Rodrigo Diaz de Vivar, El Cid, The Spanish, El Cid and the Reconquista--single mounted figure with banner
Item Number: CID-01
Rodrigo Diaz de Vivar, "El Cid"
EL CID AND THE RECONQUISTA
Rodrigo Diaz de Vivar, was born near Burgos around 1043CE, and was the son of a minor Castilian noble. He became a Castilian knight and warlord in medieval Spain. The Moors called him EL CID, which meant the Lord, and the Christians called him EL CAMPEADOR, which means “The Champion”, in modern Spanish, but can also be translated as “The Master Of The Battlefield”.
Vivar became well known for his service in the armies of both Christian and Muslim rulers, and is probably one of the most famous warriors of the middle Ages.
Unlike the shadowy Arthur of Britain, Spain’s national hero has left us with a written history of his exploits, and even his signiture as proof that this great warrior once existed. After his death, El Cid became Spain’s celebrated national hero and the protagonist of the most significant medieval Spanish epic poem, “El Cantar de Mio Cid”.
The Spanish Warlord is probably best known as a slayer of Moors immortalised in the 1961 movie, especially by the compelling final image of Charlton Heston riding through hordes of black clad Almoravids outside the walls of Valencia.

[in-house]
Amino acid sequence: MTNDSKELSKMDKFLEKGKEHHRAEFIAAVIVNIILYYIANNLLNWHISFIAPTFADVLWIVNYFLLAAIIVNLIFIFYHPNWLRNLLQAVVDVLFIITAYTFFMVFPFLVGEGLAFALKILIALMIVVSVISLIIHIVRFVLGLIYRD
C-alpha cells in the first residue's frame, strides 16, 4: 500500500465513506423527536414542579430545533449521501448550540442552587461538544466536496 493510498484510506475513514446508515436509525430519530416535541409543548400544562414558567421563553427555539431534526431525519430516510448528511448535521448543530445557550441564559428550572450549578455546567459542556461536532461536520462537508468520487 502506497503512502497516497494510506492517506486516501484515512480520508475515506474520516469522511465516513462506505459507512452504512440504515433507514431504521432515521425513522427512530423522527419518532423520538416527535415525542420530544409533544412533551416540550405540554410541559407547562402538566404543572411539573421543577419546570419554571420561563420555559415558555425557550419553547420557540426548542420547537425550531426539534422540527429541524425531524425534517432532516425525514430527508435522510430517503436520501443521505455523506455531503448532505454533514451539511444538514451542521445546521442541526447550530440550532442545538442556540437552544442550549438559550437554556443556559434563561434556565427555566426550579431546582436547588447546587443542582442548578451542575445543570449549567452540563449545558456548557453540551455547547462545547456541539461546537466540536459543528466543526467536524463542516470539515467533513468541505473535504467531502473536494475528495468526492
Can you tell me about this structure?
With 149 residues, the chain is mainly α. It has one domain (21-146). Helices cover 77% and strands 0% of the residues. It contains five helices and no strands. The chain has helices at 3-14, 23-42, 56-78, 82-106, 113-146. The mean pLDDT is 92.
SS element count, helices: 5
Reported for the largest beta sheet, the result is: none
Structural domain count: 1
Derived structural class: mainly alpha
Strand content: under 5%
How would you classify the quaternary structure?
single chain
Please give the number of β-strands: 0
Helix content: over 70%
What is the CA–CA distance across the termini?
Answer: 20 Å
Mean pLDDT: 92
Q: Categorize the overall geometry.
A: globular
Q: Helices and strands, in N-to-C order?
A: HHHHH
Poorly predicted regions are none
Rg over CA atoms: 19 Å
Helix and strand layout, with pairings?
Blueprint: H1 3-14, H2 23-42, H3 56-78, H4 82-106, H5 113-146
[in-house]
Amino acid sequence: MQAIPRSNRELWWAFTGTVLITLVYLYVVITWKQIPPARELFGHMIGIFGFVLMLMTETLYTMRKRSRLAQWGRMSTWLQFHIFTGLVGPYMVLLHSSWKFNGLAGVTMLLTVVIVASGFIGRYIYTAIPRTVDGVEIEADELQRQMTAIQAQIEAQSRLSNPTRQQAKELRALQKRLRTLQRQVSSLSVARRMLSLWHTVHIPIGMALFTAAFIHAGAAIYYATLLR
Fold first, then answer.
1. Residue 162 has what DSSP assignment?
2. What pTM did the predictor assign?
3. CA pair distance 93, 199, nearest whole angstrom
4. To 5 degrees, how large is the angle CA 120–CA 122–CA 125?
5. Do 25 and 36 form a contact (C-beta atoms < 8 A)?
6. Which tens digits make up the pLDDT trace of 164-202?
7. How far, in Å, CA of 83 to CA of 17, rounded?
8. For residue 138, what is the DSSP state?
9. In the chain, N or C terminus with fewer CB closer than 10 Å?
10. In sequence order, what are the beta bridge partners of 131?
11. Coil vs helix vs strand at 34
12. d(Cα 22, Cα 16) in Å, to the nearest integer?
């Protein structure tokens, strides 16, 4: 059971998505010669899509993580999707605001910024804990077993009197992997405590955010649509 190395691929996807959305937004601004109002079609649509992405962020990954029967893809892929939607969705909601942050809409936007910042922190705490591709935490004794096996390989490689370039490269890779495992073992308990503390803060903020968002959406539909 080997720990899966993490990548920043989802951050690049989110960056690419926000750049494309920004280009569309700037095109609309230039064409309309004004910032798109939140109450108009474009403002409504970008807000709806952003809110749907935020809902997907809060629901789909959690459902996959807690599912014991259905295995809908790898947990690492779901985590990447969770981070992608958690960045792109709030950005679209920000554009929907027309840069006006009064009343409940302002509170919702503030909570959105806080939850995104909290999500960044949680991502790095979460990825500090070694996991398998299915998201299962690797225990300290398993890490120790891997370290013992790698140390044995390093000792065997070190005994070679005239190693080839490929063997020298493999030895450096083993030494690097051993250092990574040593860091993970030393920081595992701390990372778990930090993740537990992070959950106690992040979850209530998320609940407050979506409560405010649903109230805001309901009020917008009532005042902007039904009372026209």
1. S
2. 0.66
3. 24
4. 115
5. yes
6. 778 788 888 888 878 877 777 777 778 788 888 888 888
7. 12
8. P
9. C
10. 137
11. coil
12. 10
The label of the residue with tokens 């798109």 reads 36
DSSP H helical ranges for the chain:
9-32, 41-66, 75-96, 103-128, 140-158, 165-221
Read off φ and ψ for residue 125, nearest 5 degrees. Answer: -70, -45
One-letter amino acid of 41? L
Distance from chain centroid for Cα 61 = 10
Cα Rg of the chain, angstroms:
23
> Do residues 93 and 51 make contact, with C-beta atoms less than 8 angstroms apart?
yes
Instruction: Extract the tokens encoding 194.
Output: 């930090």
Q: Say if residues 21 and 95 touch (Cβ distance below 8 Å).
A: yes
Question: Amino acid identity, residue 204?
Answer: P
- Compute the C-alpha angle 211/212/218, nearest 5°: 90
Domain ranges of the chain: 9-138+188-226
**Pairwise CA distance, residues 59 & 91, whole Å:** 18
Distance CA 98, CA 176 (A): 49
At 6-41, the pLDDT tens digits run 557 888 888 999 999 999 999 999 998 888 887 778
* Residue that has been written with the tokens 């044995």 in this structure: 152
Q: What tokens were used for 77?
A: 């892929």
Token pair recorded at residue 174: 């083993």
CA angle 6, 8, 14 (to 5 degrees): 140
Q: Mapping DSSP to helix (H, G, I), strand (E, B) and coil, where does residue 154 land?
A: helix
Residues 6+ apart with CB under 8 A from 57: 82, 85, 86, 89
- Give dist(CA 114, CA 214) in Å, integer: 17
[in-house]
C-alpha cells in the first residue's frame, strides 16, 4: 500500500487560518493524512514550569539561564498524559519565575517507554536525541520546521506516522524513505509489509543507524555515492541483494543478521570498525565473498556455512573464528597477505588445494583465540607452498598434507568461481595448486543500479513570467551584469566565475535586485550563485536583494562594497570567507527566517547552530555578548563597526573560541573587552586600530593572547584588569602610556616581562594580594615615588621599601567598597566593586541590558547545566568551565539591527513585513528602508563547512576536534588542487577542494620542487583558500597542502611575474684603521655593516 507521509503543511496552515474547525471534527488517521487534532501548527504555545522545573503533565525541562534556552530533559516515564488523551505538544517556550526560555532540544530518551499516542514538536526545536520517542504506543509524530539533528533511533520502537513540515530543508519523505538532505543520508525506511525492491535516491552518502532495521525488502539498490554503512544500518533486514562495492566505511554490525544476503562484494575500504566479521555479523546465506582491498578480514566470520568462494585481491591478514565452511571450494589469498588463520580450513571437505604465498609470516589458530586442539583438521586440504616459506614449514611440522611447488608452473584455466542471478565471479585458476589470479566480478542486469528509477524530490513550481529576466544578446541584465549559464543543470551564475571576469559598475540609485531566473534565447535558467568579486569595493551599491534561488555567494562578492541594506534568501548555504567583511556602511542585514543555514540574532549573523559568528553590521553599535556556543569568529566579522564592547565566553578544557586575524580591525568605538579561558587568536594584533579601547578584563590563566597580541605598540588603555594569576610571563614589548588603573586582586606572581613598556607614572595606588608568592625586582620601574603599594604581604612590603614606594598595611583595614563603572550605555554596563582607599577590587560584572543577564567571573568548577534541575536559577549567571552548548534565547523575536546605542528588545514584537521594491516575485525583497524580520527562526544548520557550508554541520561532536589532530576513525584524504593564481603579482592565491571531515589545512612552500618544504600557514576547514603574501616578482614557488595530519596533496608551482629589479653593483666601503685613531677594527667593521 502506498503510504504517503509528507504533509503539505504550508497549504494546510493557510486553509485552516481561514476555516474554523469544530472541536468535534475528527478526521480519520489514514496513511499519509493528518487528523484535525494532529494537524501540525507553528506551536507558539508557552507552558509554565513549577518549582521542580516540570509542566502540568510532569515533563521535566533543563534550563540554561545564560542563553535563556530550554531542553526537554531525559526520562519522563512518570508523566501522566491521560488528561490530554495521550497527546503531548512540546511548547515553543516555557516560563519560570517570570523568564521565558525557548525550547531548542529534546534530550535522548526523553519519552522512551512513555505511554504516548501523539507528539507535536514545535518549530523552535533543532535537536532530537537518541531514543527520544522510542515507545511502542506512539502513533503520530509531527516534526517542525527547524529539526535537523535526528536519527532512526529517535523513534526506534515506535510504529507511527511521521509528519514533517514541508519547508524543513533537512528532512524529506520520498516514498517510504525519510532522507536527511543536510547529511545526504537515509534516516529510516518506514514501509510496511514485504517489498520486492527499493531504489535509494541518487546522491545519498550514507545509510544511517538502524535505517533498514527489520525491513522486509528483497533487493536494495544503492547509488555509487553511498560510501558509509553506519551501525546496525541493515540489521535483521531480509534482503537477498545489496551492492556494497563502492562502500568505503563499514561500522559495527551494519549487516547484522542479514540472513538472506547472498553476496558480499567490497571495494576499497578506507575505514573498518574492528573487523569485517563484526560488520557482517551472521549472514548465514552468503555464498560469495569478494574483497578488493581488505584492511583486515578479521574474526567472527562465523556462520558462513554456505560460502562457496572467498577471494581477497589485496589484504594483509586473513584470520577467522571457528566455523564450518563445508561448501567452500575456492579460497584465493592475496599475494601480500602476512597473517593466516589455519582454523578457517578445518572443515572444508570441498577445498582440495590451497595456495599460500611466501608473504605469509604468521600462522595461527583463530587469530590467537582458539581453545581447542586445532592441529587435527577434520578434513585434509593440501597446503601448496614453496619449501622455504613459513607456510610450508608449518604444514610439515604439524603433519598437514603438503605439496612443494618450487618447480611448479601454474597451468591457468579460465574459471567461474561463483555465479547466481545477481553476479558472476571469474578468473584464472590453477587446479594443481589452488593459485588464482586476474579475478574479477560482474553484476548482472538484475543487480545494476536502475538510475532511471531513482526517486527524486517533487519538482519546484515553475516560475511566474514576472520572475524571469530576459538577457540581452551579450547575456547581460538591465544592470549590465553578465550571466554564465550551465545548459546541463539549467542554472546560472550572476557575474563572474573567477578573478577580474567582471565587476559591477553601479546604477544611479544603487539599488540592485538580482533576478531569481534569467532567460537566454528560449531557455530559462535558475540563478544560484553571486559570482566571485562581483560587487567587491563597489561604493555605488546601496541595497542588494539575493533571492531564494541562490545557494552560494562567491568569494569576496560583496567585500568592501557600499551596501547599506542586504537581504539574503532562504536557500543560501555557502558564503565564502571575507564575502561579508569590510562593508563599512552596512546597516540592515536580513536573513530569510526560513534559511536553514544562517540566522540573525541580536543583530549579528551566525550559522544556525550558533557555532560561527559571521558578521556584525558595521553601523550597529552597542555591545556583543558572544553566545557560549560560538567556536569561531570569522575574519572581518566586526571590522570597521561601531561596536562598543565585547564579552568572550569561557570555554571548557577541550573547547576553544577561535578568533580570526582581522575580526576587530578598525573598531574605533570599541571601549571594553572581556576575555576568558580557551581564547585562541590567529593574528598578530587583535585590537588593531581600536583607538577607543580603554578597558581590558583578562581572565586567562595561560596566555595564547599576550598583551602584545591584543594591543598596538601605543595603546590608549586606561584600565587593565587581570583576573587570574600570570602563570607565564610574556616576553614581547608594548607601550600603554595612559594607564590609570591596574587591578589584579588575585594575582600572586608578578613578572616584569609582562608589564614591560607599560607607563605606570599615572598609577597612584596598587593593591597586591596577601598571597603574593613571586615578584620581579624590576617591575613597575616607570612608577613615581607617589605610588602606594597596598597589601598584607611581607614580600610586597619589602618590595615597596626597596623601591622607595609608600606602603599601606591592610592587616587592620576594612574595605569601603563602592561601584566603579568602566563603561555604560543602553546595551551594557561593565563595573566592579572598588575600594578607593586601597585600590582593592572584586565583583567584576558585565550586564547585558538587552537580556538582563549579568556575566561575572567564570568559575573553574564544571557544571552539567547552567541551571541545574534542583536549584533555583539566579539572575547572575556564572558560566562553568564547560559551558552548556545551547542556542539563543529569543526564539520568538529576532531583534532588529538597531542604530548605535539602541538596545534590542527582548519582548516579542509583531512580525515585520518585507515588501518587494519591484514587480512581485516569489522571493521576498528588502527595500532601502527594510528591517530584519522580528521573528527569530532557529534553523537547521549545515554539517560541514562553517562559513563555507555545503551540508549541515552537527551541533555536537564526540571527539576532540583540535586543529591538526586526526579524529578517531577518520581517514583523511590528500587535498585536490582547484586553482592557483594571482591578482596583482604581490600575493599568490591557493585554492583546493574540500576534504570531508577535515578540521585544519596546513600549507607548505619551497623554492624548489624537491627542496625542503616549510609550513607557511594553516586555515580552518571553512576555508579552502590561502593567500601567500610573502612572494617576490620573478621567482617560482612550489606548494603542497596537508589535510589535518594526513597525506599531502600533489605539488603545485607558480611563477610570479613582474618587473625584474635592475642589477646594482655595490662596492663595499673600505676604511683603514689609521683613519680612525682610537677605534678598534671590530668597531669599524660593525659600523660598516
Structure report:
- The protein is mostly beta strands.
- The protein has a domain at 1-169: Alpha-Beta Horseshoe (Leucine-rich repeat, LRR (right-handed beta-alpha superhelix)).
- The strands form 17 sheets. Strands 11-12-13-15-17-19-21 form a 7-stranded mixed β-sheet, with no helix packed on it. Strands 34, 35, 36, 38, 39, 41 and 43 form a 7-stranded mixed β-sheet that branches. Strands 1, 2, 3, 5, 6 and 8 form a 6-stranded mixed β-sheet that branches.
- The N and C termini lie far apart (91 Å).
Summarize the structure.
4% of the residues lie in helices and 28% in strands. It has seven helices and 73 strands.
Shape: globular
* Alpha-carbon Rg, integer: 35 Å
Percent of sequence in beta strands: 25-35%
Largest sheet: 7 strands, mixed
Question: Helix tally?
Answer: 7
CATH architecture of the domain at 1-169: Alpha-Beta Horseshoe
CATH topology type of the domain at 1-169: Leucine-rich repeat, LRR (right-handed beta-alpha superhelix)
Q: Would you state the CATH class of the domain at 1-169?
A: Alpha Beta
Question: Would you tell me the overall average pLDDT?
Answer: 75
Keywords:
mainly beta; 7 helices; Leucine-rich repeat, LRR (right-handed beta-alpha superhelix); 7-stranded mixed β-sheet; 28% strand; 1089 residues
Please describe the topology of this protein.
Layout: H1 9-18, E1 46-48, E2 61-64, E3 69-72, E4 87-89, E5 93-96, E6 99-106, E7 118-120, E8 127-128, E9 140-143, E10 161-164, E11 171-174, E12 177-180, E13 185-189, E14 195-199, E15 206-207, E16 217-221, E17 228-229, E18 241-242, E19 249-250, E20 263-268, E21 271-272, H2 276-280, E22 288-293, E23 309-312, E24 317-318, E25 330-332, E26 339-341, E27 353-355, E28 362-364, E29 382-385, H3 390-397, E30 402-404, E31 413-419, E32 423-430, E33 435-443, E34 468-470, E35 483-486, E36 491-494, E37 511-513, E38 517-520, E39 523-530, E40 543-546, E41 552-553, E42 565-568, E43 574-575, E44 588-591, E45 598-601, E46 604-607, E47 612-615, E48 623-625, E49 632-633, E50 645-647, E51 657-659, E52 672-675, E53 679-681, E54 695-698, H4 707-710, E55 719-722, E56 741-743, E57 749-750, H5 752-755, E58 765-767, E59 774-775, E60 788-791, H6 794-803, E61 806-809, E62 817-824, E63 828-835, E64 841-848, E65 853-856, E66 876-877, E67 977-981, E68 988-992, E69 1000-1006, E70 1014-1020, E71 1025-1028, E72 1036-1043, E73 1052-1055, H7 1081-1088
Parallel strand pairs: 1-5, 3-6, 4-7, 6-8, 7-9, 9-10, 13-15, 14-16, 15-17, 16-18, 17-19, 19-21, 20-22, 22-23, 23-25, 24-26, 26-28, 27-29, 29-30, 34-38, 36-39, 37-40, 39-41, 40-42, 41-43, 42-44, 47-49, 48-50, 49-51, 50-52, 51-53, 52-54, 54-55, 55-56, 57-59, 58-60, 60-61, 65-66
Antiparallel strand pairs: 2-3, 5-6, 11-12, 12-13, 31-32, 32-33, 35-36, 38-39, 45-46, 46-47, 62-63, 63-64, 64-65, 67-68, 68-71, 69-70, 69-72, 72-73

The age in which El Cid lived has since been termed the “Reconquista”, or Christian reconquest of Spain from the Moors, and was one of the most colourful periods in military history. The armies are spectacular and varied, ranging from the noble Christian Knights to the Muslim Andalusians, through to the religious zeal of the African invaders, the Almoravids and Almohads. Although the period is often portrayed as a simple war of religion, it was in fact a great deal more complex, with Muslim commonly fighting Muslim, and Christian fighting Christians, with both sides using allies and mercenaries whenever it suited them.
This period, during the lifetime of El Cid (1040-1100CE), saw the rise of heavy cavalry charges and other northern European influences, especially in the kingdoms of Aragon and Catalonia, which had the strongest links to France.
Released in APRIL 2021.